“Disarmament is the hinge of peace and, at least, East and West are talking”


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terms of reference, they decide the agenda by setting down alternately the subjects they want discussed. Inevitably, this method has led to the Soviet Union introducing subjects that embarrass the United States, while the U. S. is often reluctantly driven to avoid those on which there is not complete Western agreement.

The Soviet Union frequently raises the issue of non-proliferation in conjunction with proposals to ban the bomb and to prohibit the use of all nuclear weapons, a position which the U. S. cannot accept because to do so would leave NATO vulnerable to the overwhelming superiority of the Communists in manpower and conventional weapons.

The U.S. replies by raising what it considers an issue of primary importance — expansion of the nuclear test-ban treaty (signed in 1963) to include underground testing. This is embarrassing to the Russians because it requires on-site inspection to ensure that subterranean nuclear explosions are not passed off as earthquakes. The Soviet Union is implacably opposed to having foreign inspection teams on Russian territory.

“There’s a lot of futility in all these discussions, and this leads to frustrations as well,” Burns told me over dinner here one evening. “But disarmament is the hinge of peace, and at least we have East and West here at a conference table talking about it. Can anything be quite so important for our future, for the future of the unborn?”

As Canada's leading authority on disarmament (and. indeed, a world authority) he now has horizons that are broader, more distant, than at any other time in his career as soldier, peacekeeper and diplomat, and he is not certain that the world fully realizes how little time there is in which to reach the durable peace it so desperately seeks.

War. far from being outlawed (as promised in the resounding “war to end war” speeches of 1914 and again in 1939) has been practised as an instrument of national policies on thirty occasions since the UN was created twenty years ago, and is still being refined in the j' nglcs of Malaysia, the plains of Kashmir, and the deltas of Vietna m.

“There are so many flash points in the world now,” said Burns, "that we’ve reached the critical point at which some of today's non-nuclear nations might soon decide to become the nuclear nations of tomorrow.”

He described the relationship of the increase in the number of nuclear powers to the increase in the ni mber ol outbreaks of local hostilities in terms of two converging lines. When they meet, a regional conflict would be fought with primitive, independently produced nuclear weapons, but the great powers might not be able to remain aloof. Such a war could be the final, fatal one, the one which none of the peacekeepers could contain.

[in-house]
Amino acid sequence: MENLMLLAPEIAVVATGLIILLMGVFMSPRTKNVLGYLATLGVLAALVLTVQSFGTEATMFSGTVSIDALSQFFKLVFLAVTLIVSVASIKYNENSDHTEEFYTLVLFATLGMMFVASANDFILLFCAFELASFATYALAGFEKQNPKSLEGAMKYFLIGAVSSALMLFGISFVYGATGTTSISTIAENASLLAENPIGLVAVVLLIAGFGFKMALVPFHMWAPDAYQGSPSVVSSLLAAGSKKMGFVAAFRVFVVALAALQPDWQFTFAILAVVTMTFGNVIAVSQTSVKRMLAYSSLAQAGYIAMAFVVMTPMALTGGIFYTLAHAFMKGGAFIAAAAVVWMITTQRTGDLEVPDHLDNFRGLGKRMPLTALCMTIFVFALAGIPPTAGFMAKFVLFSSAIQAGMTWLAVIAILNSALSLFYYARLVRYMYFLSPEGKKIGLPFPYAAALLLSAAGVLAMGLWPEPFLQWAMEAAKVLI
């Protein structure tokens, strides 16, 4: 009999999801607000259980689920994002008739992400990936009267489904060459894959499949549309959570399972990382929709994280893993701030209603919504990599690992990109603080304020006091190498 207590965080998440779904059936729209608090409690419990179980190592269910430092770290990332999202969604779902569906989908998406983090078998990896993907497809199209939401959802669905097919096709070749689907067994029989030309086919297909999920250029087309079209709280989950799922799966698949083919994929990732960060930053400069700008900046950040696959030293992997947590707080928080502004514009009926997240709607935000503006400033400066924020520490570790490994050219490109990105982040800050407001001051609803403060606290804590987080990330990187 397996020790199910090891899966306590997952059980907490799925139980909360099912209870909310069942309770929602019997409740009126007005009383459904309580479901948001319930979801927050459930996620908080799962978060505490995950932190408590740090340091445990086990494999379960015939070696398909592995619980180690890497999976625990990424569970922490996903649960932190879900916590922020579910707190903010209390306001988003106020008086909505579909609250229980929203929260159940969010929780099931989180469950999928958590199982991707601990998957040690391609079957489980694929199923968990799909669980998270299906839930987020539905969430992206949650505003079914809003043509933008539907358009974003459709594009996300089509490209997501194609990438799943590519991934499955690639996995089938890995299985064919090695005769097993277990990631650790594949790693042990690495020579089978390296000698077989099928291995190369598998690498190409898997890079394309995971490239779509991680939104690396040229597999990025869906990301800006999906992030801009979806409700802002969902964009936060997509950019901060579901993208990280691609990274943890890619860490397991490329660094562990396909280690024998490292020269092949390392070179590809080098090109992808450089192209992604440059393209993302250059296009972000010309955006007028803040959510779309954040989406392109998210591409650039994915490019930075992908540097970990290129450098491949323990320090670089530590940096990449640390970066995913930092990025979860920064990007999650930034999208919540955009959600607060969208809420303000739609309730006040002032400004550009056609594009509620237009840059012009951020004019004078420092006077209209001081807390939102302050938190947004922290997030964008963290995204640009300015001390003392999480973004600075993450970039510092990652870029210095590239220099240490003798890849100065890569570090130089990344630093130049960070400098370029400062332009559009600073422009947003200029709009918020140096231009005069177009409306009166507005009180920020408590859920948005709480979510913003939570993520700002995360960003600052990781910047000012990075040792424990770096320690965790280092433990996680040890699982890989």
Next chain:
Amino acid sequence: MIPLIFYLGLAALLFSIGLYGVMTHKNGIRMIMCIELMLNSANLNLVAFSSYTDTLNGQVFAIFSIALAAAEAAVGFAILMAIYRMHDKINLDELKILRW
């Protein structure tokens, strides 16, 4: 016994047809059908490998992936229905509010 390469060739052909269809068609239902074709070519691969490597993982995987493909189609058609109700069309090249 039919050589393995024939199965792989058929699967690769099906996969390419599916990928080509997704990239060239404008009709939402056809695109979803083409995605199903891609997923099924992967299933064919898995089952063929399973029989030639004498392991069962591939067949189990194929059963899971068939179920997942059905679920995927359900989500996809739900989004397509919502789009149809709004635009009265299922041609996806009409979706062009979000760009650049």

While Burns' ultimate objective

is general and complete disarmament (GCD, in diplomatic jargon), it is this desolate prospect that makes the spread of nuclear weapons his most immediate problem.

“I probably won’t be alive to see the world of GCD,” Burns said, "but I’d sure like to see us a damn sight closer to it than we are right now.

We need a cast-iron treaty to forestall any scattering of nuclear weapons before they fall into the hands of political demagogues or reckless military leaders. And we need it as quickly as we can get it.”

The elusive goal — general and complete disarmament — seems so far off that the way toward it has been

called “the journey of a thousand miles.” Burns believes we will make this journey slowly, painfully, while praying that there won't be any accidents along the way. The most recent, significant steps were taken at the eighteen-nation meetings here in 1963 when the nuclear test-ban treaty was drafted and approved, agreement was

reached on the installation of the teleprinter hot line between Washington and Moscow (which reduces the risk of either side pulling the trigger by miscalculation), and the U.S. and Russia undertook not to orbit weapons of mass destruction in space.

“These steps were stimulated suddenly by the Cuban confrontation,” said Burns. “We haven’t moved far since then. The more time we waste, the more urgent the next steps become — and none of these is so urgent as a non-proliferation treaty.”

Burns is not dismayed by the lack of agreement between the U.S. and the Soviet Union, nor by the occasional disagreements between Britain and the U.S. On the contrary, when all sides have reached positions of stand-off, and vital issues have been blurred by desultory discussion and propaganda speechmaking, the soldier in him emerges, crying for action.

At these times he often uses his excellent personal relations with the colorful, volatile Soviet delegate, Semyon Tsarapkin, to sound him out for even the most insignificant-seeming details on which he might be prepared to compromise. Then Burns will take similar soundings in the Allied camp, and seize upon anything they may have in common to activate discussions toward positive goals.

“If we can continue to agree on small things, even formalities, such as a daily agenda, then we are gradually creating the right climate for dealing with the big problems,” he said.

Before taking action. Burns invariably works his staff (three as against

twenty Americans, and at least twelve British) around the clock for days on end. drafting and redrafting proposals, reporting to Ottawa and seeking instructions, and producing estimates of Communist reactions.